A meta-analysis published online today in The Lancet Respiratory Medicine has concluded that patients admitted to hospital with H1N1 influenza during the 2009/2010 pandemic were 25% less likely to die from the disease if they had been given neuraminidase inhibitors (NAIs) such as Roche’s Tamilfu.
Until now, [Governments] had no adequate data to assist them in deciding if lives were saved in 2009-2010 or not
The team from the Post-pandemic Review of anti-influenza Drug Effectiveness (PRIDE) research consortium looked at nearly 30,000 patients from across 38 countries who had a suspected or diagnosed H1N1 infection. The analysis revealed that the most effective stage in which to administer NAIs is within two days of symptoms developing. After this period patients were only 19% less likely to die from the infection when compared to patients who did not recieve treatments such as Tamiflu.
Significantly the analysis showed no difference in treatment effectiveness betgween pregnant women and adults in intensive care with sever symptoms. Whilst there was no observable reduction in mortality for children between the ages of 0 and 15 years old.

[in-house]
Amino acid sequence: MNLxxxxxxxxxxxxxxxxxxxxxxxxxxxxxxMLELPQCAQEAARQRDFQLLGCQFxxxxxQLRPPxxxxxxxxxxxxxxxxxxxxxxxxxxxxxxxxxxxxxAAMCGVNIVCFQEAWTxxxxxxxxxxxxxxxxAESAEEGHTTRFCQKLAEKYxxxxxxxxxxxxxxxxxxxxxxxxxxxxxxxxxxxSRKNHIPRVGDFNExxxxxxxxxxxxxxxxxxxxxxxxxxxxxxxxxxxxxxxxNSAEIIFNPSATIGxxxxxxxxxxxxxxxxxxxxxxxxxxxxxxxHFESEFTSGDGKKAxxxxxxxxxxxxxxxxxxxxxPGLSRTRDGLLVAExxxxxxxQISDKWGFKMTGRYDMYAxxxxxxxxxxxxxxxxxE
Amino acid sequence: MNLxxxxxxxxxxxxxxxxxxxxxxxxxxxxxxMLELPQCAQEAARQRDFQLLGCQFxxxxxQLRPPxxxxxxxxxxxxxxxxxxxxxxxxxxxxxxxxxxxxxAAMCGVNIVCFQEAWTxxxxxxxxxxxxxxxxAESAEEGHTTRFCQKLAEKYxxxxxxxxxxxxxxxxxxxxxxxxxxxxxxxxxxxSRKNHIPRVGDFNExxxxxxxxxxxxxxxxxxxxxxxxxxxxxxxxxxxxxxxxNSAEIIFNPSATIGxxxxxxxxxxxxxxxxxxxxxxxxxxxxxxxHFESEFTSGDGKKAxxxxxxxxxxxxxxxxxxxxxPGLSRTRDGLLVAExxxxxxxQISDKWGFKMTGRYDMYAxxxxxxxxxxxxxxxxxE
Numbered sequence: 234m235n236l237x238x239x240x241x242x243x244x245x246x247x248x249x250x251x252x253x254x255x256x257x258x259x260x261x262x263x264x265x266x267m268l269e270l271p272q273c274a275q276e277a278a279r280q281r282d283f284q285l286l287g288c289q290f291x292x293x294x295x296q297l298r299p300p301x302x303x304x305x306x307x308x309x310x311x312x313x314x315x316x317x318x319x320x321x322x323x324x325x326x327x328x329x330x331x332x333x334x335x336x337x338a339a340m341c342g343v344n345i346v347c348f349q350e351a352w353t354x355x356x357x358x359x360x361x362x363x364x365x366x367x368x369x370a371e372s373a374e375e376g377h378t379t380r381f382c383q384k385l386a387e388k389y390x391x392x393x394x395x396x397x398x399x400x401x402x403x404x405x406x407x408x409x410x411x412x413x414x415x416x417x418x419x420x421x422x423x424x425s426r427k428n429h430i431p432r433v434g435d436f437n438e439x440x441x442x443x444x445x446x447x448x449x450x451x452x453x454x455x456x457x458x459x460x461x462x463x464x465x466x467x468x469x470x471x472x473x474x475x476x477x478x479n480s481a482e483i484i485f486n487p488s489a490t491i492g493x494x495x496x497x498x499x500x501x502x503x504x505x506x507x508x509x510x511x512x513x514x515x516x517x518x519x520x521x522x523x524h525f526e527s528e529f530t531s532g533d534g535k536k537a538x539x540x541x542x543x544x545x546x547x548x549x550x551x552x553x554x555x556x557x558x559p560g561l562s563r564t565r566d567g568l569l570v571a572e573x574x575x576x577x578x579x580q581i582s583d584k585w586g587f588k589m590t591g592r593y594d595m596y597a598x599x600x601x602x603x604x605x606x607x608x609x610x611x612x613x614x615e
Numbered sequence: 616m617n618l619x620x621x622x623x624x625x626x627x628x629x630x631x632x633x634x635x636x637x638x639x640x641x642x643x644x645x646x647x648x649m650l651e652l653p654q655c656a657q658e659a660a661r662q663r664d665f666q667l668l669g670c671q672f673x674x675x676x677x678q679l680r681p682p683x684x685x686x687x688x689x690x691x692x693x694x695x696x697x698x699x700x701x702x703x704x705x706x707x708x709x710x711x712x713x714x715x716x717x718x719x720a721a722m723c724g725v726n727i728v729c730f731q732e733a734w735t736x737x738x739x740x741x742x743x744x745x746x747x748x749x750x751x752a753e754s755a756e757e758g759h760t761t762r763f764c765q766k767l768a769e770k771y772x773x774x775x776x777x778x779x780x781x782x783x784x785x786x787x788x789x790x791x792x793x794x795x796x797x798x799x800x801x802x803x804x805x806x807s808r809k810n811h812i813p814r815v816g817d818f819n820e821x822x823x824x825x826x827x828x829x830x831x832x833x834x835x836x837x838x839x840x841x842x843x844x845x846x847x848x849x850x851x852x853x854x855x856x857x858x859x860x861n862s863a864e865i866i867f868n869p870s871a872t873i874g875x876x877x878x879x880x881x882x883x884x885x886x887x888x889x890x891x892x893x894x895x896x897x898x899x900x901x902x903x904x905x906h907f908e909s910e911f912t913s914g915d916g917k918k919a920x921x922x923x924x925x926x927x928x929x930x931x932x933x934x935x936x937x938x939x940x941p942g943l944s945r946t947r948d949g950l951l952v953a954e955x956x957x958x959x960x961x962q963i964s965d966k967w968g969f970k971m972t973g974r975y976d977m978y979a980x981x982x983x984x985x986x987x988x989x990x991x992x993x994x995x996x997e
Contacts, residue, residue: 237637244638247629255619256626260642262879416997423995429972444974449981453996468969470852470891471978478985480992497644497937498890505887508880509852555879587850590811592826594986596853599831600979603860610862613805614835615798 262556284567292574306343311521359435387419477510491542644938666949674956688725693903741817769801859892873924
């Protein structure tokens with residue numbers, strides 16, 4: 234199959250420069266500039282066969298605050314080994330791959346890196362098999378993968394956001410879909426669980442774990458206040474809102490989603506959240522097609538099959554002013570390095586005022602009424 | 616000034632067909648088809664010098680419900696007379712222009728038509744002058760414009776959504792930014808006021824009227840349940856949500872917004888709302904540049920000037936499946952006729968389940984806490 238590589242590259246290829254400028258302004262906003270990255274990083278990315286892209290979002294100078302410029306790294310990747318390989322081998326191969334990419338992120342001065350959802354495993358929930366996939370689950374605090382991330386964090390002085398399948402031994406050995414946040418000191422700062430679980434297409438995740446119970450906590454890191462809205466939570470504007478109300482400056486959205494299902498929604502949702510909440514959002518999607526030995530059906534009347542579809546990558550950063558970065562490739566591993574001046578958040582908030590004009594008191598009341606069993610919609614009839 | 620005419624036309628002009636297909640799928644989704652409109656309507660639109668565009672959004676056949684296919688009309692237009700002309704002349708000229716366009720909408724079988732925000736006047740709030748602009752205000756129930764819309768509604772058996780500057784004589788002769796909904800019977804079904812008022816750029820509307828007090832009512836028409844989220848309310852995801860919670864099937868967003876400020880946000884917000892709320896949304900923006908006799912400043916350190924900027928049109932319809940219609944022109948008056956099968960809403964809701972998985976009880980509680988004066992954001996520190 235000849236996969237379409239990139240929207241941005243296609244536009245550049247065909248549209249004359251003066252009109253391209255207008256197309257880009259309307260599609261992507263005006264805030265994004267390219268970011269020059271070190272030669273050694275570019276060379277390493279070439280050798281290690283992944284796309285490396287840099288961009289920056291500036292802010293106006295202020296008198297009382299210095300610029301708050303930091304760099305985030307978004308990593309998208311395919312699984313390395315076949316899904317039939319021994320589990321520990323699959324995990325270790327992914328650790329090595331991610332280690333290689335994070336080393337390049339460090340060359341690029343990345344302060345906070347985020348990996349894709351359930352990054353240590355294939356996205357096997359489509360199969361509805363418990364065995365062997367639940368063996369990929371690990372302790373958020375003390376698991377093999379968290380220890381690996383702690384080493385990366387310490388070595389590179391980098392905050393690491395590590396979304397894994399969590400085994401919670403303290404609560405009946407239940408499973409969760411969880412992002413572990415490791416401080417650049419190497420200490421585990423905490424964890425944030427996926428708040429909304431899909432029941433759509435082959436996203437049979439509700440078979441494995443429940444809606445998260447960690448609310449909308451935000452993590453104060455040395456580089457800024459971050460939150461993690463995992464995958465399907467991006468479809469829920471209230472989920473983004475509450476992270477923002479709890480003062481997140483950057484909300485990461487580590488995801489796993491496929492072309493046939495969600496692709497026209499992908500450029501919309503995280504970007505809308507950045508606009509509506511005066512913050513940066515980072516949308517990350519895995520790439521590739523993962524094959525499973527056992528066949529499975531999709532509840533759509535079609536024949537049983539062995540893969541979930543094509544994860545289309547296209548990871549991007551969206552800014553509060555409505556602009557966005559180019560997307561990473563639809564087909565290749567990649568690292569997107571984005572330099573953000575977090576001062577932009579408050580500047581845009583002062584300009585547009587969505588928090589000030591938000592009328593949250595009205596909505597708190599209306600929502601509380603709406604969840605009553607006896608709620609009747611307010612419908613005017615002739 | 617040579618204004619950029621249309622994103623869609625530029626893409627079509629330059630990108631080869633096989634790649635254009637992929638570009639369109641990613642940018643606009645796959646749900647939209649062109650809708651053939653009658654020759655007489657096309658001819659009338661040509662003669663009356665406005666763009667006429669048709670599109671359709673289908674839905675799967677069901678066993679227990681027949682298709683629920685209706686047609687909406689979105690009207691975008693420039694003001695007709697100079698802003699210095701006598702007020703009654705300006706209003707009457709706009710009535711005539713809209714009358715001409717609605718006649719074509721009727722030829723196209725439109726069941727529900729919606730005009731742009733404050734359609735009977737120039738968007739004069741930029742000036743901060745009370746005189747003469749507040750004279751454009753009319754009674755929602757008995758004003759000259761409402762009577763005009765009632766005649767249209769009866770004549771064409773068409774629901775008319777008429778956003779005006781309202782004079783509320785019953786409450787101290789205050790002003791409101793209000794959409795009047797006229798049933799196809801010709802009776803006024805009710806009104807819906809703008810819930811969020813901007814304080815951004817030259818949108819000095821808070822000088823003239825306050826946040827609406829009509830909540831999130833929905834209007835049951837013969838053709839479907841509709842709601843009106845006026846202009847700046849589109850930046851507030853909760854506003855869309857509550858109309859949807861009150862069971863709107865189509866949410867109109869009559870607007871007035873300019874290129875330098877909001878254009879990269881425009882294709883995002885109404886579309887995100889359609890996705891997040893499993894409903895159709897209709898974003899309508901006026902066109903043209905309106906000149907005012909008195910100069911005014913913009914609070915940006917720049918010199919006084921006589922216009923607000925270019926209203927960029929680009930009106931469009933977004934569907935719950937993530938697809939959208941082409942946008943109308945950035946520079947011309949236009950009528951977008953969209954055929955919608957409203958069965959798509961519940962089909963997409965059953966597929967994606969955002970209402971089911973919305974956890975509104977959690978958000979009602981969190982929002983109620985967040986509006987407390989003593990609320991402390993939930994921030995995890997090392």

The findings are good news for governments and health organisations who have stockpiled Tamiflu and other NAIs in the wake of the swine flu pandemic. With increasing compensation claims being made against various european health bodies as a result of complications from GSK’s Pandemrix treatment for H1N1, governments will no doubt be relieved to know that at least some of their efforts during the 2009/2010 swine flue pandemic were not in vein and have shown quantifiable results.